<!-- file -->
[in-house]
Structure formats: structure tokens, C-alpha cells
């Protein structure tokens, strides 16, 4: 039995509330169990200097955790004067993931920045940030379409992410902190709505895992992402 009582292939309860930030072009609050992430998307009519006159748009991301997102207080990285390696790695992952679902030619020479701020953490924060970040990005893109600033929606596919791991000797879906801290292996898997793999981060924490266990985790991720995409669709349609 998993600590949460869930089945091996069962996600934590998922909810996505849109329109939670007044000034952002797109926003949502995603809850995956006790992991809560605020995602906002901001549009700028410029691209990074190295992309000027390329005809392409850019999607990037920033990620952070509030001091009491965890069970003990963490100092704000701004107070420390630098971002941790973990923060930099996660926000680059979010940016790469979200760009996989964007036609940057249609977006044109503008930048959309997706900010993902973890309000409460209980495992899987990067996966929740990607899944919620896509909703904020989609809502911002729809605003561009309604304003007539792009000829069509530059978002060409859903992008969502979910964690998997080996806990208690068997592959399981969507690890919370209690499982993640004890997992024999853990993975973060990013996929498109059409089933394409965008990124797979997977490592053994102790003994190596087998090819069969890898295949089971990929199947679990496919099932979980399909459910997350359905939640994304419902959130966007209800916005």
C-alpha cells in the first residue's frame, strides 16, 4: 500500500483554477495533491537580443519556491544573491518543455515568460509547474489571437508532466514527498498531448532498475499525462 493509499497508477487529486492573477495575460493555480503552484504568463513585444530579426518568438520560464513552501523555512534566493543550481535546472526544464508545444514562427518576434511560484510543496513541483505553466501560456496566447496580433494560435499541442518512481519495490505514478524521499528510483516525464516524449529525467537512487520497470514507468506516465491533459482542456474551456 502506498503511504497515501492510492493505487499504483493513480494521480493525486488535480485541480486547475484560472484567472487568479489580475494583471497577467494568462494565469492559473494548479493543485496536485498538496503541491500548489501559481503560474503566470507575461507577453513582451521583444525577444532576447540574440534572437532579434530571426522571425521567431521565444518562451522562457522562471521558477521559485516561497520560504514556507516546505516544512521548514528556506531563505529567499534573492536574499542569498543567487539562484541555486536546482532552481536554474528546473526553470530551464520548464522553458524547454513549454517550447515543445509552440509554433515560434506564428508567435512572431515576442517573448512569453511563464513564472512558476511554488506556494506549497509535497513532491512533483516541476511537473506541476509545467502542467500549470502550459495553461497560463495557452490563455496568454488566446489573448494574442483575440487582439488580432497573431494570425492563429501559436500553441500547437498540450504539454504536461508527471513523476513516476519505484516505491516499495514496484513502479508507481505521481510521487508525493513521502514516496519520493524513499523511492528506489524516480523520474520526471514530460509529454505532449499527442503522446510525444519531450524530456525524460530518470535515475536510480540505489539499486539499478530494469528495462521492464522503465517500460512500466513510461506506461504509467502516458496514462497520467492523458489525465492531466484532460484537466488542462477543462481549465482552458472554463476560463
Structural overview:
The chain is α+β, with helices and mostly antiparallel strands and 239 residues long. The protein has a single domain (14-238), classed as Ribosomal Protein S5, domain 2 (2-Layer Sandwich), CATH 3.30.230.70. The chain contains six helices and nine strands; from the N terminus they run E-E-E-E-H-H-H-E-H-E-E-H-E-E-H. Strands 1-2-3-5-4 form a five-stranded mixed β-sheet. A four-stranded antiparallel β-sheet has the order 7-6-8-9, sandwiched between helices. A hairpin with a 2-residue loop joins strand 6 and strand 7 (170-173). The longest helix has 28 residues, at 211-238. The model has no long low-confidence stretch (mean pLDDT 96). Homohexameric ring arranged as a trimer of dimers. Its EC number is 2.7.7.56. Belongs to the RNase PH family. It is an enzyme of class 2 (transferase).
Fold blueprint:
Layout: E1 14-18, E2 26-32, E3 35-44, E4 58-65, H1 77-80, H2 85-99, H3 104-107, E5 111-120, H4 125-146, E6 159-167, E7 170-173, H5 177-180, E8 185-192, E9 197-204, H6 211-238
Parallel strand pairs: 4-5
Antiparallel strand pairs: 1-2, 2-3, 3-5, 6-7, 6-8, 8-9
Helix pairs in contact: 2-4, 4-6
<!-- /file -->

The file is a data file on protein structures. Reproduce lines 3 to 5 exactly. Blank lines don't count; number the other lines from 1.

């Protein structure tokens, strides 16, 4: 039995509330169990200097955790004067993931920045940030379409992410902190709505895992992402 009582292939309860930030072009609050992430998307009519006159748009991301997102207080990285390696790695992952679902030619020479701020953490924060970040990005893109600033929606596919791991000797879906801290292996898997793999981060924490266990985790991720995409669709349609 998993600590949460869930089945091996069962996600934590998922909810996505849109329109939670007044000034952002797109926003949502995603809850995956006790992991809560605020995602906002901001549009700028410029691209990074190295992309000027390329005809392409850019999607990037920033990620952070509030001091009491965890069970003990963490100092704000701004107070420390630098971002941790973990923060930099996660926000680059979010940016790469979200760009996989964007036609940057249609977006044109503008930048959309997706900010993902973890309000409460209980495992899987990067996966929740990607899944919620896509909703904020989609809502911002729809605003561009309604304003007539792009000829069509530059978002060409859903992008969502979910964690998997080996806990208690068997592959399981969507690890919370209690499982993640004890997992024999853990993975973060990013996929498109059409089933394409965008990124797979997977490592053994102790003994190596087998090819069969890898295949089971990929199947679990496919099932979980399909459910997350359905939640994304419902959130966007209800916005």
C-alpha cells in the first residue's frame, strides 16, 4: 500500500483554477495533491537580443519556491544573491518543455515568460509547474489571437508532466514527498498531448532498475499525462 493509499497508477487529486492573477495575460493555480503552484504568463513585444530579426518568438520560464513552501523555512534566493543550481535546472526544464508545444514562427518576434511560484510543496513541483505553466501560456496566447496580433494560435499541442518512481519495490505514478524521499528510483516525464516524449529525467537512487520497470514507468506516465491533459482542456474551456 502506498503511504497515501492510492493505487499504483493513480494521480493525486488535480485541480486547475484560472484567472487568479489580475494583471497577467494568462494565469492559473494548479493543485496536485498538496503541491500548489501559481503560474503566470507575461507577453513582451521583444525577444532576447540574440534572437532579434530571426522571425521567431521565444518562451522562457522562471521558477521559485516561497520560504514556507516546505516544512521548514528556506531563505529567499534573492536574499542569498543567487539562484541555486536546482532552481536554474528546473526553470530551464520548464522553458524547454513549454517550447515543445509552440509554433515560434506564428508567435512572431515576442517573448512569453511563464513564472512558476511554488506556494506549497509535497513532491512533483516541476511537473506541476509545467502542467500549470502550459495553461497560463495557452490563455496568454488566446489573448494574442483575440487582439488580432497573431494570425492563429501559436500553441500547437498540450504539454504536461508527471513523476513516476519505484516505491516499495514496484513502479508507481505521481510521487508525493513521502514516496519520493524513499523511492528506489524516480523520474520526471514530460509529454505532449499527442503522446510525444519531450524530456525524460530518470535515475536510480540505489539499486539499478530494469528495462521492464522503465517500460512500466513510461506506461504509467502516458496514462497520467492523458489525465492531466484532460484537466488542462477543462481549465482552458472554463476560463
Structural overview: